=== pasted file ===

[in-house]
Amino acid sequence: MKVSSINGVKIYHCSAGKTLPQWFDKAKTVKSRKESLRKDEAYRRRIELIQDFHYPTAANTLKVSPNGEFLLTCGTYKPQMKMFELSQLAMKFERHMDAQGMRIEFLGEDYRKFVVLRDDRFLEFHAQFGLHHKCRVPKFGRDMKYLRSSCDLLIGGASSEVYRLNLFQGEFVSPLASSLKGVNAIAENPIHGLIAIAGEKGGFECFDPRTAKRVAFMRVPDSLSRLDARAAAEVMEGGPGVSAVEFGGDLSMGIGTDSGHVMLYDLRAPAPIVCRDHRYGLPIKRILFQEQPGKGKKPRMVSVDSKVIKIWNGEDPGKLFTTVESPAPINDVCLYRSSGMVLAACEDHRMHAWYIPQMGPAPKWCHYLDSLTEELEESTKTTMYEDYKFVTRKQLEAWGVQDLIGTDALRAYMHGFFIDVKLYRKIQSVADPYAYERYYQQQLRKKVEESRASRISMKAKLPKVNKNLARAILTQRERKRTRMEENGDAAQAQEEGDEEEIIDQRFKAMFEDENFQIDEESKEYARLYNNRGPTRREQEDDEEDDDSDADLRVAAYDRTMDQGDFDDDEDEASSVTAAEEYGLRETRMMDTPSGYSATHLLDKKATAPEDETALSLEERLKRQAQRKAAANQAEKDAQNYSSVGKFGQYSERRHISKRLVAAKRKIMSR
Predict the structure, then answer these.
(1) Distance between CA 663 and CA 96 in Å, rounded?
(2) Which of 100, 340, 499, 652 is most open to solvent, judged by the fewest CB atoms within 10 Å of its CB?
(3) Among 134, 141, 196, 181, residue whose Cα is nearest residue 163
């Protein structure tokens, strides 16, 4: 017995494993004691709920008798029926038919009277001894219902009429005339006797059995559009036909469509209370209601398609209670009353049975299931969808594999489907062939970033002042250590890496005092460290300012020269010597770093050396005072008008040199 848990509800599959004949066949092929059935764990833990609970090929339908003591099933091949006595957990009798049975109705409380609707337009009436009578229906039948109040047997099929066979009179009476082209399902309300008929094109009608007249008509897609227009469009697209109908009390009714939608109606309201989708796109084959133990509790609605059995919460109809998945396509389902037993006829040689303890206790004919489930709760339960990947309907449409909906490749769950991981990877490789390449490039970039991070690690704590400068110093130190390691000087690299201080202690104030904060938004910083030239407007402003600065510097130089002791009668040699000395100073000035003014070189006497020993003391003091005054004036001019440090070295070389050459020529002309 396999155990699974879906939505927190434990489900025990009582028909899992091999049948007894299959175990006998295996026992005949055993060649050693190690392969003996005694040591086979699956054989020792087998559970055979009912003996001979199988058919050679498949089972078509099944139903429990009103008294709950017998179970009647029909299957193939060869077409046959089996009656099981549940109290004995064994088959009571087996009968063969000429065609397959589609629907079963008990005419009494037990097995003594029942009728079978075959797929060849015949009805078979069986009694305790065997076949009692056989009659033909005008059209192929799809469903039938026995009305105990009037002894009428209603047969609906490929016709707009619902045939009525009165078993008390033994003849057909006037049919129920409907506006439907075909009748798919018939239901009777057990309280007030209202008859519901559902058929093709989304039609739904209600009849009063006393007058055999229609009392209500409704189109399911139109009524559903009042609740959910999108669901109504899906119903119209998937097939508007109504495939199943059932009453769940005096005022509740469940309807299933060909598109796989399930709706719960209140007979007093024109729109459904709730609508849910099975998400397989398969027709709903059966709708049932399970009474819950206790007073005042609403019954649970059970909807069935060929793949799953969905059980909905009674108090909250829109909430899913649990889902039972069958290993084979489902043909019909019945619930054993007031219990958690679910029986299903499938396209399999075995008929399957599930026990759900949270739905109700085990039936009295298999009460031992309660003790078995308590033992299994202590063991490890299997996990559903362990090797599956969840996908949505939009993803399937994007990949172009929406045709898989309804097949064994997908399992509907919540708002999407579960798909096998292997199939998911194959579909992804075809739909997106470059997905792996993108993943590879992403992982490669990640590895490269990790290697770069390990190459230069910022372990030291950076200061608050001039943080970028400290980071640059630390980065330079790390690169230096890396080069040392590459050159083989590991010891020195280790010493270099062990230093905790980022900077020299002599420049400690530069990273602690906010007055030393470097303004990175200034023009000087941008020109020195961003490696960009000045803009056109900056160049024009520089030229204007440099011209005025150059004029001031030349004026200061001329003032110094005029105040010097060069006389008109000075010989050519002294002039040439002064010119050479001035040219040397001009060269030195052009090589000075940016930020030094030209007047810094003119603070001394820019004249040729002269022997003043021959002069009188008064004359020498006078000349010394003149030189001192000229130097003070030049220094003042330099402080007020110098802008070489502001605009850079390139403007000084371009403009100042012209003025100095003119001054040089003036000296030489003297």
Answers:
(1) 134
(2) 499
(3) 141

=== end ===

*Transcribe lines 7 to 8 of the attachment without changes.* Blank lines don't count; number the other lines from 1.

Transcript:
């Protein structure tokens, strides 16, 4: 017995494993004691709920008798029926038919009277001894219902009429005339006797059995559009036909469509209370209601398609209670009353049975299931969808594999489907062939970033002042250590890496005092460290300012020269010597770093050396005072008008040199 848990509800599959004949066949092929059935764990833990609970090929339908003591099933091949006595957990009798049975109705409380609707337009009436009578229906039948109040047997099929066979009179009476082209399902309300008929094109009608007249008509897609227009469009697209109908009390009714939608109606309201989708796109084959133990509790609605059995919460109809998945396509389902037993006829040689303890206790004919489930709760339960990947309907449409909906490749769950991981990877490789390449490039970039991070690690704590400068110093130190390691000087690299201080202690104030904060938004910083030239407007402003600065510097130089002791009668040699000395100073000035003014070189006497020993003391003091005054004036001019440090070295070389050459020529002309 396999155990699974879906939505927190434990489900025990009582028909899992091999049948007894299959175990006998295996026992005949055993060649050693190690392969003996005694040591086979699956054989020792087998559970055979009912003996001979199988058919050679498949089972078509099944139903429990009103008294709950017998179970009647029909299957193939060869077409046959089996009656099981549940109290004995064994088959009571087996009968063969000429065609397959589609629907079963008990005419009494037990097995003594029942009728079978075959797929060849015949009805078979069986009694305790065997076949009692056989009659033909005008059209192929799809469903039938026995009305105990009037002894009428209603047969609906490929016709707009619902045939009525009165078993008390033994003849057909006037049919129920409907506006439907075909009748798919018939239901009777057990309280007030209202008859519901559902058929093709989304039609739904209600009849009063006393007058055999229609009392209500409704189109399911139109009524559903009042609740959910999108669901109504899906119903119209998937097939508007109504495939199943059932009453769940005096005022509740469940309807299933060909598109796989399930709706719960209140007979007093024109729109459904709730609508849910099975998400397989398969027709709903059966709708049932399970009474819950206790007073005042609403019954649970059970909807069935060929793949799953969905059980909905009674108090909250829109909430899913649990889902039972069958290993084979489902043909019909019945619930054993007031219990958690679910029986299903499938396209399999075995008929399957599930026990759900949270739905109700085990039936009295298999009460031992309660003790078995308590033992299994202590063991490890299997996990559903362990090797599956969840996908949505939009993803399937994007990949172009929406045709898989309804097949064994997908399992509907919540708002999407579960798909096998292997199939998911194959579909992804075809739909997106470059997905792996993108993943590879992403992982490669990640590895490269990790290697770069390990190459230069910022372990030291950076200061608050001039943080970028400290980071640059630390980065330079790390690169230096890396080069040392590459050159083989590991010891020195280790010493270099062990230093905790980022900077020299002599420049400690530069990273602690906010007055030393470097303004990175200034023009000087941008020109020195961003490696960009000045803009056109900056160049024009520089030229204007440099011209005025150059004029001031030349004026200061001329003032110094005029105040010097060069006389008109000075010989050519002294002039040439002064010119050479001035040219040397001009060269030195052009090589000075940016930020030094030209007047810094003119603070001394820019004249040729002269022997003043021959002069009188008064004359020498006078000349010394003149030189001192000229130097003070030049220094003042330099402080007020110098802008070489502001605009850079390139403007000084371009403009100042012209003025100095003119001054040089003036000296030489003297």
Answers: